In A History of My Brief Body, Billy-Ray Belcourt, a member of the Driftpile Cree Nation, combines autobiographical vignettes with incisive analysis and decolonial theory, creating poetic meditations on how NDNs (Native Indians) can wield joy as a means of escaping a colonial world.
Belcourt (This Wound Is a World) begins by explaining how the "trauma of colonialism" is known to produce men who "self-destruct." Identifying as queer added another worrisome barrier to his future. Yet he didn't feel shame being with men. He felt savaged by "a History of the NDN as an Endangered Animal"--savaged by Canada, "still in the business of gunning down NDNs" and where homophobia and transphobia lurk, even on reserves.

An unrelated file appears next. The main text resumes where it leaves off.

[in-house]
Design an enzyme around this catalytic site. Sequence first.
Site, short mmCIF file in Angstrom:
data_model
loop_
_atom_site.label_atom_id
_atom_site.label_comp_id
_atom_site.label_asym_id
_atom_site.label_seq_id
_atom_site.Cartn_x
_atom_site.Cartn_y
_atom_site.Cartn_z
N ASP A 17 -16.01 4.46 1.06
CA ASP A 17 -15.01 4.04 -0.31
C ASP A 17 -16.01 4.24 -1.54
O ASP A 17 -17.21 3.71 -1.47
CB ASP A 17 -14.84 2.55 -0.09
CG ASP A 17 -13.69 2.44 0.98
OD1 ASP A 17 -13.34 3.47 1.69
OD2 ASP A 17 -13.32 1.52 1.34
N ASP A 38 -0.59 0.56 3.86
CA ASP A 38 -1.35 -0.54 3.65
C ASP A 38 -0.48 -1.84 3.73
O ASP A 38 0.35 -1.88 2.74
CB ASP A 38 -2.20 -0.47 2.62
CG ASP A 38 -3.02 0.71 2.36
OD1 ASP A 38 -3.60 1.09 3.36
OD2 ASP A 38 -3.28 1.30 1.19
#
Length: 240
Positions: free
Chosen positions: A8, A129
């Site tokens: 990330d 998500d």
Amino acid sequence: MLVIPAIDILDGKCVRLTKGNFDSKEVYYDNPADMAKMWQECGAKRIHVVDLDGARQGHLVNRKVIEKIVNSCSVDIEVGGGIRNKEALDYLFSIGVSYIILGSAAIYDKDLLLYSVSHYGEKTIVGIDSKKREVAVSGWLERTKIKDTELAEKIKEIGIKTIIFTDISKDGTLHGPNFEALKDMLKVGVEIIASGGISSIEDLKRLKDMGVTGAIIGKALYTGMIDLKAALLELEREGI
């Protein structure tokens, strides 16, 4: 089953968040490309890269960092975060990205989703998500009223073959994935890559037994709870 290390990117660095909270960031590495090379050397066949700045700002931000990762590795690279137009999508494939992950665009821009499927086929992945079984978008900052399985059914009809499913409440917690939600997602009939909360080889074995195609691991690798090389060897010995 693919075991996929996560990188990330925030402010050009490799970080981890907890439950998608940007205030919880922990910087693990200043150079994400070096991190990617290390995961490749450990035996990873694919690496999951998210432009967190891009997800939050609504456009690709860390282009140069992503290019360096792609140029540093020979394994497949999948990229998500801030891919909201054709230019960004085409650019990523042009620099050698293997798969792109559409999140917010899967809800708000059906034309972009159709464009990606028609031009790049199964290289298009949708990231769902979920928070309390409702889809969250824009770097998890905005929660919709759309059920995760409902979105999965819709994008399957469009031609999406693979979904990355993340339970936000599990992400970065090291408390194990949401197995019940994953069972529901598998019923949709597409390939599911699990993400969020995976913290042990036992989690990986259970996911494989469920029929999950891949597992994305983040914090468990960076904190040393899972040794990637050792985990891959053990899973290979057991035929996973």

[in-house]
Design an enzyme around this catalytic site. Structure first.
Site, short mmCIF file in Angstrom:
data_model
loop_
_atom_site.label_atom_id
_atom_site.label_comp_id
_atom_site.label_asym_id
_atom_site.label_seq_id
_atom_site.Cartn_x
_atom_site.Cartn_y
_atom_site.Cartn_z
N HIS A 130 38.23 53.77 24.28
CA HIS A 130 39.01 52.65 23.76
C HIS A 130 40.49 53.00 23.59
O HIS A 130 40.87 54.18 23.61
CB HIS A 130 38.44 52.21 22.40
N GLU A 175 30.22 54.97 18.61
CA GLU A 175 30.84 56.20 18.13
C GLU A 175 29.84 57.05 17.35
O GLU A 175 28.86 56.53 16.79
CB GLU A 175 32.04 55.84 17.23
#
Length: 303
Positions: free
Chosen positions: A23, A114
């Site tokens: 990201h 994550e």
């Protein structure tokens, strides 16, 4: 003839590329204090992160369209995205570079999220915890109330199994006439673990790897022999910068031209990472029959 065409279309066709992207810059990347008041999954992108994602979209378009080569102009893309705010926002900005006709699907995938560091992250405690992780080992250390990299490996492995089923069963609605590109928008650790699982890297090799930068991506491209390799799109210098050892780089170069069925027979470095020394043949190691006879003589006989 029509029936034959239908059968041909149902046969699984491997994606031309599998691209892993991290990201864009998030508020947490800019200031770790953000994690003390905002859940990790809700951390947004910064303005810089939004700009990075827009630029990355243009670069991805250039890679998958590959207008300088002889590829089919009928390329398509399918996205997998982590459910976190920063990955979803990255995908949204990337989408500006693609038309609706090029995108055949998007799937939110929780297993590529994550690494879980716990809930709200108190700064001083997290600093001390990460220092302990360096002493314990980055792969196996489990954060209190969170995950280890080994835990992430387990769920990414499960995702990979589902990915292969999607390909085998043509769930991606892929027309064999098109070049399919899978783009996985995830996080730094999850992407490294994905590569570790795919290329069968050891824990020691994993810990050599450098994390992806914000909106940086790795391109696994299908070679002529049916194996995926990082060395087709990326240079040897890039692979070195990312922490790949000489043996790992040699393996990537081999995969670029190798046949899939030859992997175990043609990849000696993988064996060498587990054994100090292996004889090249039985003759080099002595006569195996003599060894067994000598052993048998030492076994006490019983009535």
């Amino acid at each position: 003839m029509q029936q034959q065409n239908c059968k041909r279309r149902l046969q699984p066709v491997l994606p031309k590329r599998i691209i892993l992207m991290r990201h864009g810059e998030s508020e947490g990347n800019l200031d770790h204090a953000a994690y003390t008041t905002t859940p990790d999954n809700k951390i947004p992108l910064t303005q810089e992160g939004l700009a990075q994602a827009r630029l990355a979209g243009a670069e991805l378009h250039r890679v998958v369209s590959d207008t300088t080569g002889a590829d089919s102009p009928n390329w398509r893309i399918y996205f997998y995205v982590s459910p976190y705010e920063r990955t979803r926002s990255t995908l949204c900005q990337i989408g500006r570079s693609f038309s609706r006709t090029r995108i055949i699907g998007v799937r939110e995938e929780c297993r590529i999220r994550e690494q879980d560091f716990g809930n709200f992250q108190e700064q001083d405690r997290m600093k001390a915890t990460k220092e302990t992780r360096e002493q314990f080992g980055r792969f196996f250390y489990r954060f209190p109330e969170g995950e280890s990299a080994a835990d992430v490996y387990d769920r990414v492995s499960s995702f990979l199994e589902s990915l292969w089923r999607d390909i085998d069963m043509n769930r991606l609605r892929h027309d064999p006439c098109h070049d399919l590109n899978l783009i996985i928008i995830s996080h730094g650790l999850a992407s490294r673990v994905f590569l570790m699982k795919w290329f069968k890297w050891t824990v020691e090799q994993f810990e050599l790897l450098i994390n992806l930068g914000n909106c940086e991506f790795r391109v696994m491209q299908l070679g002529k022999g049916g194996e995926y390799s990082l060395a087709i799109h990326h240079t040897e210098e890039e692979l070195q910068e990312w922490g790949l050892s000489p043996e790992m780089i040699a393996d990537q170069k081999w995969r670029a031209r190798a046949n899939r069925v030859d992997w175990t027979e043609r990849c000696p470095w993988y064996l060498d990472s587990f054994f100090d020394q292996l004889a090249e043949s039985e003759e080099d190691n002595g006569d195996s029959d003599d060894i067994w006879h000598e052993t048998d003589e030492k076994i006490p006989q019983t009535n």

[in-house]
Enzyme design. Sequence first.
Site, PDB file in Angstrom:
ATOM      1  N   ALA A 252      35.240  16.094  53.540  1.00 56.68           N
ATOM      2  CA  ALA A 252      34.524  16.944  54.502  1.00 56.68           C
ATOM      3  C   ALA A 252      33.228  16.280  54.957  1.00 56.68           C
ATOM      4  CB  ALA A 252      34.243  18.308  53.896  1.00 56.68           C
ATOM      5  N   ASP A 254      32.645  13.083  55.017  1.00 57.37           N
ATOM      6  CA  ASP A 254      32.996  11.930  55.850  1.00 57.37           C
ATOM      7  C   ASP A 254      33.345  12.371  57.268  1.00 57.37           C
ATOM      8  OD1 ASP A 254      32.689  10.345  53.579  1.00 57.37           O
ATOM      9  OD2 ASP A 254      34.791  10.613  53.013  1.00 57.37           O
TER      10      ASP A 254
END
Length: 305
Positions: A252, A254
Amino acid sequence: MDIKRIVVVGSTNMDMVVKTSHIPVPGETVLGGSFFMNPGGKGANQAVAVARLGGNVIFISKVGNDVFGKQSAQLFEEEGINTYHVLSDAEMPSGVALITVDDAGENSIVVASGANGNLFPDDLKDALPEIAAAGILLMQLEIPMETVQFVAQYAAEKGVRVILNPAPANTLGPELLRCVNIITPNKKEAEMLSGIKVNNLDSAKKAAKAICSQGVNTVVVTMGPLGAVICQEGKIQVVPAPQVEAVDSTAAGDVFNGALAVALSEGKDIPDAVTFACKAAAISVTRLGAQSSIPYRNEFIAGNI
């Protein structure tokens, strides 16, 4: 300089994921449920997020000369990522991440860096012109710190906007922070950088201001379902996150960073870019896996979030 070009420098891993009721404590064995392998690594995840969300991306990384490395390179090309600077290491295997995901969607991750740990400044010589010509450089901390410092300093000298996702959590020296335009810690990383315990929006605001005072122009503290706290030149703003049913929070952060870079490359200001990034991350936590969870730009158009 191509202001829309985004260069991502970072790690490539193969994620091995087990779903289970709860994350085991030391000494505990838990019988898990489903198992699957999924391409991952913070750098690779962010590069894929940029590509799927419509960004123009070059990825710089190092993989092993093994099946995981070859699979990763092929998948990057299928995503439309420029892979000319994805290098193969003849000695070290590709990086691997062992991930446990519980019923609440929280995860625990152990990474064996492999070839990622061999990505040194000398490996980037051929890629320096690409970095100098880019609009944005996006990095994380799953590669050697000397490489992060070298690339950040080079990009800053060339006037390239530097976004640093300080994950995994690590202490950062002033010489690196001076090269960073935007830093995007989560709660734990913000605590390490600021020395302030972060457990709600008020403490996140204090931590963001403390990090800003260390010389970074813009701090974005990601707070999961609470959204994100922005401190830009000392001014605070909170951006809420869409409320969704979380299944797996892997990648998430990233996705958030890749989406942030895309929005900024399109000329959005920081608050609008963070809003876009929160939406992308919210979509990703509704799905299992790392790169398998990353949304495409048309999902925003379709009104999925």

Belcourt uses his personal history as one lens in a multifaceted indictment of the way Indigenous bodies are disavowed. He was dehumanized by a white man whose only partners have been NDN. Fearing he contracted an STI, he was denied care because his case wasn't extreme enough. A reviewer calls his poetry "simple," making him "shoulder the burden once more of voicelessness." Alongside his experiences, he cites thinkers like Foucault and José Esteban Muñoz to argue that to find utopia, queer NDNs especially must "desire to love at all costs." He defines this livability--this joy--as an "undefeatable excess," which inspires his poetry and seems imbued in his every sentence here, perhaps as his refusal to be distilled by the language of his oppressors. A History of My Brief Body is a breathtaking literary rebellion against the brutalization and simplification of NDN existence, establishing as resistance joy in creativity and its ability to invent worlds. --Samantha Zaboski, freelance editor and reviewer